Manufacturing services: made to serve

Posted on 10 Mar 2016 by The Manufacturer

Professor Tim Baines from Aston Business School discusses the development of new customer propositions for advanced manufacturing services.

Over the past year I’ve spent a lot of time at industry conferences and roundtables, spreading the word about servitization and advanced services, and talking to business leaders about their challenges in trying to get traction for these initiatives in their companies.

I often hear they are struggling with the idea of a business model for advanced services; they ask things like:

Servitization Challenges

My research team and I have dedicated a lot of time to these questions in the past three months. The first thing we found was that the concept of a business model is not a single agreed concept at all.

Everyone seems to have their own ideas of what it is and what elements it includes. This can lead to a lot of confusion, before we even start to think about how to design one.

Professor Tim Baines, founder, MSTLN
Professor Tim Baines, founder, MSTLN .

All of our examination of the leading work led us to form a comprehensive description of what goes into a business model.

The fundamental thing that the new business model has to be built on is the customer value proposition; what is it you are going to deliver that will really bring new value to your customer and help them in their own operations?

To create that proposition, we examine the difficulties customers have with the use of the product (customer ‘pains’) and offerings that could help create extra value for the customer (or even the customer’s customer) which we call ‘gains’.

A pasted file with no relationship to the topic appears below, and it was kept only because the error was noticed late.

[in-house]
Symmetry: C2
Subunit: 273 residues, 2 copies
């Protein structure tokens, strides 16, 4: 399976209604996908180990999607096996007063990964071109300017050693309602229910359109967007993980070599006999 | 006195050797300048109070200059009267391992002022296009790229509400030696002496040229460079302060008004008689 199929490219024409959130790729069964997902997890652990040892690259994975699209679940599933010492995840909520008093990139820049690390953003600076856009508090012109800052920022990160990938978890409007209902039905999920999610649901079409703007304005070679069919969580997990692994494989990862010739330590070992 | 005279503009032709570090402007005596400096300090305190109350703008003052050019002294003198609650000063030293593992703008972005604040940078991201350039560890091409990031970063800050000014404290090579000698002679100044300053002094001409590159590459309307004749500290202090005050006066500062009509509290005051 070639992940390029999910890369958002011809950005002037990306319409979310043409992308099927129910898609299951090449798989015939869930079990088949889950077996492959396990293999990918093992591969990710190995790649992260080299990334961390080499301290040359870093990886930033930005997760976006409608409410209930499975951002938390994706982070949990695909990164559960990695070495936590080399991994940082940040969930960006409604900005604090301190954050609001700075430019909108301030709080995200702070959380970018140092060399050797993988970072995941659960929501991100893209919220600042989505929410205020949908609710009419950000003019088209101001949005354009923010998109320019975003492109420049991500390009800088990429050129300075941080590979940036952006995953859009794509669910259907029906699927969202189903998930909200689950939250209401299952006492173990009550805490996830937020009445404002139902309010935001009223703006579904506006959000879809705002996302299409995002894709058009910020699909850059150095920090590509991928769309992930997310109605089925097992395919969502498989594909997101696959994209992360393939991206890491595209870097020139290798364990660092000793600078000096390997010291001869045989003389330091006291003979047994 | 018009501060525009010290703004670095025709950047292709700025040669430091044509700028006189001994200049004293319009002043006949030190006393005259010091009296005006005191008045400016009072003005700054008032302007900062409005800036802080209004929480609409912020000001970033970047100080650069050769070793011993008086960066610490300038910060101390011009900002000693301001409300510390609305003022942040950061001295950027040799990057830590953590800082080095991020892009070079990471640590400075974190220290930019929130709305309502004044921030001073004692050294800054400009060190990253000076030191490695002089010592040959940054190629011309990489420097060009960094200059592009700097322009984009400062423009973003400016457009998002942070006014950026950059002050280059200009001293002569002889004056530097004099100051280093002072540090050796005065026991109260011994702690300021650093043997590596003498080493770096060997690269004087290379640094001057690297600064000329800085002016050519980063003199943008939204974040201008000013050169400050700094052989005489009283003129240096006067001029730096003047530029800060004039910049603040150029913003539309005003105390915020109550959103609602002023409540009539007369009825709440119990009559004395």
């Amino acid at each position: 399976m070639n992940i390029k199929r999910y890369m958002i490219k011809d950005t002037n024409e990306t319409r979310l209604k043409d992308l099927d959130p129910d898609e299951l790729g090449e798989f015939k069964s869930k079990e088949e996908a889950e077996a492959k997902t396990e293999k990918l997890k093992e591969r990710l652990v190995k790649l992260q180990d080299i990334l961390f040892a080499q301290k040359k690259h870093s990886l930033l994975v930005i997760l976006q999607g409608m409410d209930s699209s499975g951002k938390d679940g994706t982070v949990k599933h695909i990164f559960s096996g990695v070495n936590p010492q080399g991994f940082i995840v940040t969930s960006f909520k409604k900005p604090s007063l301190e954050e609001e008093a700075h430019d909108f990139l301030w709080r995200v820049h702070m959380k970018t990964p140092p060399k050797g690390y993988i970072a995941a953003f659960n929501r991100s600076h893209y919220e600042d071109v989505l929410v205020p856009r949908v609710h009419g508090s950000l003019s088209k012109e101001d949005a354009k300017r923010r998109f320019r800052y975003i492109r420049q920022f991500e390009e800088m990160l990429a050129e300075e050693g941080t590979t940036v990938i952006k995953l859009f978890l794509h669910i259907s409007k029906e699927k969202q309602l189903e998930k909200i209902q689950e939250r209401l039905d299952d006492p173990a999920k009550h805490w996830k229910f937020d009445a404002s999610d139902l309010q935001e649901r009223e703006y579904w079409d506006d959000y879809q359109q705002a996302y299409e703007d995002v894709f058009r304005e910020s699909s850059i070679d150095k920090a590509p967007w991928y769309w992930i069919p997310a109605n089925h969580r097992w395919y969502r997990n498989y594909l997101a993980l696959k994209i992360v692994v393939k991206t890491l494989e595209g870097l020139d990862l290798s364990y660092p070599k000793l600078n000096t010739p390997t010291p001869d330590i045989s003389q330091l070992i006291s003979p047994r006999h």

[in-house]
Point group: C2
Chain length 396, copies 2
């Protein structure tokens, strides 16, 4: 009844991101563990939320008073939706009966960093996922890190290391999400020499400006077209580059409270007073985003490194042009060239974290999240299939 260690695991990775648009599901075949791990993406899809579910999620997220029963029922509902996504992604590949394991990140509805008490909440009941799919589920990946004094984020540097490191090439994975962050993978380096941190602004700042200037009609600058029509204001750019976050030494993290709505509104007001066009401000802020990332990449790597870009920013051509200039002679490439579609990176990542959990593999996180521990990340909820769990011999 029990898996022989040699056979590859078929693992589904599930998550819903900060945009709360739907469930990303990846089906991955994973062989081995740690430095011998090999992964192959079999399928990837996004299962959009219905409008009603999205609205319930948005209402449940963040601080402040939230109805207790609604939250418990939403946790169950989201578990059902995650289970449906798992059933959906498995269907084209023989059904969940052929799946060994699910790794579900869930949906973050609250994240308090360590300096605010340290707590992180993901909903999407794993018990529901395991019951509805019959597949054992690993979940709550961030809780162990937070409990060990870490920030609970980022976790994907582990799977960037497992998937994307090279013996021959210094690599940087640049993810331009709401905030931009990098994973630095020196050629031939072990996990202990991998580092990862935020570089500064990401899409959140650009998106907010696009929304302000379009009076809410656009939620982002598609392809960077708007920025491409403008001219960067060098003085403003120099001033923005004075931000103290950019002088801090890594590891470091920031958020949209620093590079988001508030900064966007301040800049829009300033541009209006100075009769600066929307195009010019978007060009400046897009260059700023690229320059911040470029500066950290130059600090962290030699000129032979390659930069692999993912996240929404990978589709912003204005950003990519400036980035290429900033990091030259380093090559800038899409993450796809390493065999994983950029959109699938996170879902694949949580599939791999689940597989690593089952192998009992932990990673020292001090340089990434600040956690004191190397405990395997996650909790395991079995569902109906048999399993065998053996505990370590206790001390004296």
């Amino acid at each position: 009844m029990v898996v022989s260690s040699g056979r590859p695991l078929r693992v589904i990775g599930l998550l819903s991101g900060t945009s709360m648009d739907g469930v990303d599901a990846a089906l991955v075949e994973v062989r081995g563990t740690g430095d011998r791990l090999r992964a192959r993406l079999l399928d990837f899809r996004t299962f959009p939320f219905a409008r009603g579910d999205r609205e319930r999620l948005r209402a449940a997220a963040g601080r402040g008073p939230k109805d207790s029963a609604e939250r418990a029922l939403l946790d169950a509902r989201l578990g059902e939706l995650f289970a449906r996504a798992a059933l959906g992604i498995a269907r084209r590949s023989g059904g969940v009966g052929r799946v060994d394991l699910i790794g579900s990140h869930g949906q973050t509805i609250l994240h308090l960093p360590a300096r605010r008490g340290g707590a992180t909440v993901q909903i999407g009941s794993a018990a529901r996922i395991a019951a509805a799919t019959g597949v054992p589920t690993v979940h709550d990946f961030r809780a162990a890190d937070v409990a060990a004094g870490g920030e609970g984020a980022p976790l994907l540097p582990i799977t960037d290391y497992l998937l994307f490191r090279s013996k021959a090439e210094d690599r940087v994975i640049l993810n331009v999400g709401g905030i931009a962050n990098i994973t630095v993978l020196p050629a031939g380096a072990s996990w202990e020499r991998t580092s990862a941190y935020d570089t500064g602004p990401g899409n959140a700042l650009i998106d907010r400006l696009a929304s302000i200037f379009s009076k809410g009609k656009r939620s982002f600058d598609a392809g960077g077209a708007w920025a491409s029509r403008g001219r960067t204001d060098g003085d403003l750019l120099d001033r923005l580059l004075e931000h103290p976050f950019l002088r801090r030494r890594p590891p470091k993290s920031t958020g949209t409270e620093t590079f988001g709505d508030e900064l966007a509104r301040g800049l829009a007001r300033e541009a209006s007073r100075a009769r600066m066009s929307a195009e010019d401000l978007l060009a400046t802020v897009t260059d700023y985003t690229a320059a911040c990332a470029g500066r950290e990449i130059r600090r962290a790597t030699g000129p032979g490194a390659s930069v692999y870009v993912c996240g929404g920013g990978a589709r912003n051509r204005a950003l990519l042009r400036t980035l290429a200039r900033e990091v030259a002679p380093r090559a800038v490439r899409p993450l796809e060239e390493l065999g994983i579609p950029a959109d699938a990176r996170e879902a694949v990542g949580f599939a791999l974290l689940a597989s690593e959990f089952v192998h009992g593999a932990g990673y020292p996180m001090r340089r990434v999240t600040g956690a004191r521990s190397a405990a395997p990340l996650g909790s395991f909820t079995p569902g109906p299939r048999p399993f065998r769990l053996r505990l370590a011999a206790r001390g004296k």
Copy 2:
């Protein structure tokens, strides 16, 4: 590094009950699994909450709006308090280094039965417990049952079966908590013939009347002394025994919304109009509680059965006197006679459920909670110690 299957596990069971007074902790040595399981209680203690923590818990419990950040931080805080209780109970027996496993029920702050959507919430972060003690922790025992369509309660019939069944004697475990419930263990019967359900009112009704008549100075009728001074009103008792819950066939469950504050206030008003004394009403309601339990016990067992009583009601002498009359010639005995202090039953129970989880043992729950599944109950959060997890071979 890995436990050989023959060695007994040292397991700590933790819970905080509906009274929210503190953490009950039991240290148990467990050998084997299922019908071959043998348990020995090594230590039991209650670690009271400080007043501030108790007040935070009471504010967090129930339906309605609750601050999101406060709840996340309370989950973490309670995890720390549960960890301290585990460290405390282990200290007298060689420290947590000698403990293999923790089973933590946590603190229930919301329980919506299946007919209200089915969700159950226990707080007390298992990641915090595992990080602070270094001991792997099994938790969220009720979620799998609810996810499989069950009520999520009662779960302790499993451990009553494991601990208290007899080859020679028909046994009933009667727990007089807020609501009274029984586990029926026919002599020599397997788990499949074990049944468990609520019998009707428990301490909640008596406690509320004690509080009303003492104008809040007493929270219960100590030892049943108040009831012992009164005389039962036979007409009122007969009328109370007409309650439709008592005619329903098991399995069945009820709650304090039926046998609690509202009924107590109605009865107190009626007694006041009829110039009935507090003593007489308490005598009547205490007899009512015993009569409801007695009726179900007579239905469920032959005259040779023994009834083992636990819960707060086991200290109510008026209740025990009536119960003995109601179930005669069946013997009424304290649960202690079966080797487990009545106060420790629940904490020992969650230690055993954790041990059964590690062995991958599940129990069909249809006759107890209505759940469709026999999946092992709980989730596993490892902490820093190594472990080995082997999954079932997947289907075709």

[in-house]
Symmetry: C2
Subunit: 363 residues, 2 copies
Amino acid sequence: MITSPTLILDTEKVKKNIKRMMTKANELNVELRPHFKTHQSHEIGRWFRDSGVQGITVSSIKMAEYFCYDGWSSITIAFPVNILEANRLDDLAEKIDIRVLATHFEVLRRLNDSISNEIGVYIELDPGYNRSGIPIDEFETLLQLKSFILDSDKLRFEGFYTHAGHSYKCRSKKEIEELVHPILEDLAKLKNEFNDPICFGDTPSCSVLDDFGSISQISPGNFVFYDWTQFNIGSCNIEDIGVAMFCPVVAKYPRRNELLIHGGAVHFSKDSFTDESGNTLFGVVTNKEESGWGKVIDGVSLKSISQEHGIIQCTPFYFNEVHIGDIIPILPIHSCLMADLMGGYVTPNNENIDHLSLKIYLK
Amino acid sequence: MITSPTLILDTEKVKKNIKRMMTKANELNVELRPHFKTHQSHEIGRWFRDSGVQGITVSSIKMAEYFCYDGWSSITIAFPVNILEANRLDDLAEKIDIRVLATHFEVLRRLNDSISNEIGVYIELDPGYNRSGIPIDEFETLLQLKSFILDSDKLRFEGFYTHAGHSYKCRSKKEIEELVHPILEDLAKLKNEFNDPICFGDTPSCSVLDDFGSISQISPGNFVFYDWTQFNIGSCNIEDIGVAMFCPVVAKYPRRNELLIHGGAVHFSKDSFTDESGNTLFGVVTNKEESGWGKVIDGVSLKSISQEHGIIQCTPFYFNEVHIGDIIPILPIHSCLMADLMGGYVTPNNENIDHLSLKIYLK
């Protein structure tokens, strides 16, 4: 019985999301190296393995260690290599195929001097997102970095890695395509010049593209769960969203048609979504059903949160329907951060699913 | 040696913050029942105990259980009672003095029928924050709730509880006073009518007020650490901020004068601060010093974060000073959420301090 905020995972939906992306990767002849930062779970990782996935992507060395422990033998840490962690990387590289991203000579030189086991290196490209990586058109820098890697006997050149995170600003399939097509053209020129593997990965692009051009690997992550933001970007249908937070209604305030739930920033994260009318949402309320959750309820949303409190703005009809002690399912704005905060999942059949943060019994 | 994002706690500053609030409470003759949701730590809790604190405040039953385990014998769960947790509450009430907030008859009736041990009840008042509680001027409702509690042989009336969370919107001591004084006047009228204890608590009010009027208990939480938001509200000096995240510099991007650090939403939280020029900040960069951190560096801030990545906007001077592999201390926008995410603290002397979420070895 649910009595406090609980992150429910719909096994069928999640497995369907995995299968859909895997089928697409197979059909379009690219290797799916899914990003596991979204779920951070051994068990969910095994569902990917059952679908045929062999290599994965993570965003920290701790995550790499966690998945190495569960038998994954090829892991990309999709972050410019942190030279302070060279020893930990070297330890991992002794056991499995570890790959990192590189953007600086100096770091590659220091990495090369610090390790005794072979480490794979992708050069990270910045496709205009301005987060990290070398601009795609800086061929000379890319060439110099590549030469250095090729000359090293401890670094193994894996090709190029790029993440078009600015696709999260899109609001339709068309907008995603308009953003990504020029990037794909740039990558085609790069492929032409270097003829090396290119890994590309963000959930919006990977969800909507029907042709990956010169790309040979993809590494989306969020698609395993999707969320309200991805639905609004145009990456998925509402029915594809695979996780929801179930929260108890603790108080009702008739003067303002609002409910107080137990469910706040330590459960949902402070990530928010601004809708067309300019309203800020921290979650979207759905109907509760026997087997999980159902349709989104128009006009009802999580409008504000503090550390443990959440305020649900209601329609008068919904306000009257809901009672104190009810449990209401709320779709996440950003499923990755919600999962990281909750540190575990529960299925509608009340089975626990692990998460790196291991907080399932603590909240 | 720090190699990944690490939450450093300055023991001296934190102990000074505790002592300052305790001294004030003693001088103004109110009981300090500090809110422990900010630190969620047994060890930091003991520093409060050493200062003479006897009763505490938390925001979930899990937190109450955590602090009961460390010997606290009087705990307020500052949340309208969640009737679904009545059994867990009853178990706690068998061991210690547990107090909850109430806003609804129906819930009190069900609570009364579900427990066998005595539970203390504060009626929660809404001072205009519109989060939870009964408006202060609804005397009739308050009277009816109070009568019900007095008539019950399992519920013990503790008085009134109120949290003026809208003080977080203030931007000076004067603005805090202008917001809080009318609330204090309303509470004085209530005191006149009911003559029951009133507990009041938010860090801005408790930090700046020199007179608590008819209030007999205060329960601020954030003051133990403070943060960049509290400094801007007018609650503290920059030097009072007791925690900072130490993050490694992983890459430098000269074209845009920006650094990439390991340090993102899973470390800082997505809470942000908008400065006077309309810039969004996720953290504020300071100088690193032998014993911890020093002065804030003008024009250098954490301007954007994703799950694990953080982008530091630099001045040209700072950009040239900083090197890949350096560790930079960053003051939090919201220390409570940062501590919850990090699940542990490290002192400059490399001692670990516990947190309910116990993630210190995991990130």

Once you have a potential new offering on paper, with a pricing structure and contract length to go with it, you have a value proposition.

Typically, these services contracts tend to have pay-monthly or pay-per-use pricing models, and contracts can range from two to 25 years depending on the asset’s value.

Next, test your proposition; will it be appropriate to your customer’s needs; will they be willing to pay you for; will they pay the price you wish to charge?

All of these things have to be tested, and our research has shown that the most effective way to do this is through real-life, carefully designed mini-experiments with customers.

Only then can you gauge whether the assumptions you have made in designing your offer were correct. This takes time, thought and a fair amount of imagination – and it can be a lonely process for the people I meet who are trying to spearhead this alone in their businesses.

For more information on the event
visit the website.

On April 26, my team at Aston Business School is running the Advanced Services Global Forum, for senior executives and business leaders who are designing or informing an advanced services strategy.

The forum is an opportunity for like-minded professionals to develop an advanced services customer value proposition, under the direct guidance of the leading researchers in advanced services, and industry practitioners (such as Des Evans, former CEO of MAN Truck & Bus UK) who have innovated their business models to compete through advanced services.

I hope to meet you there, to explore this topic with you further.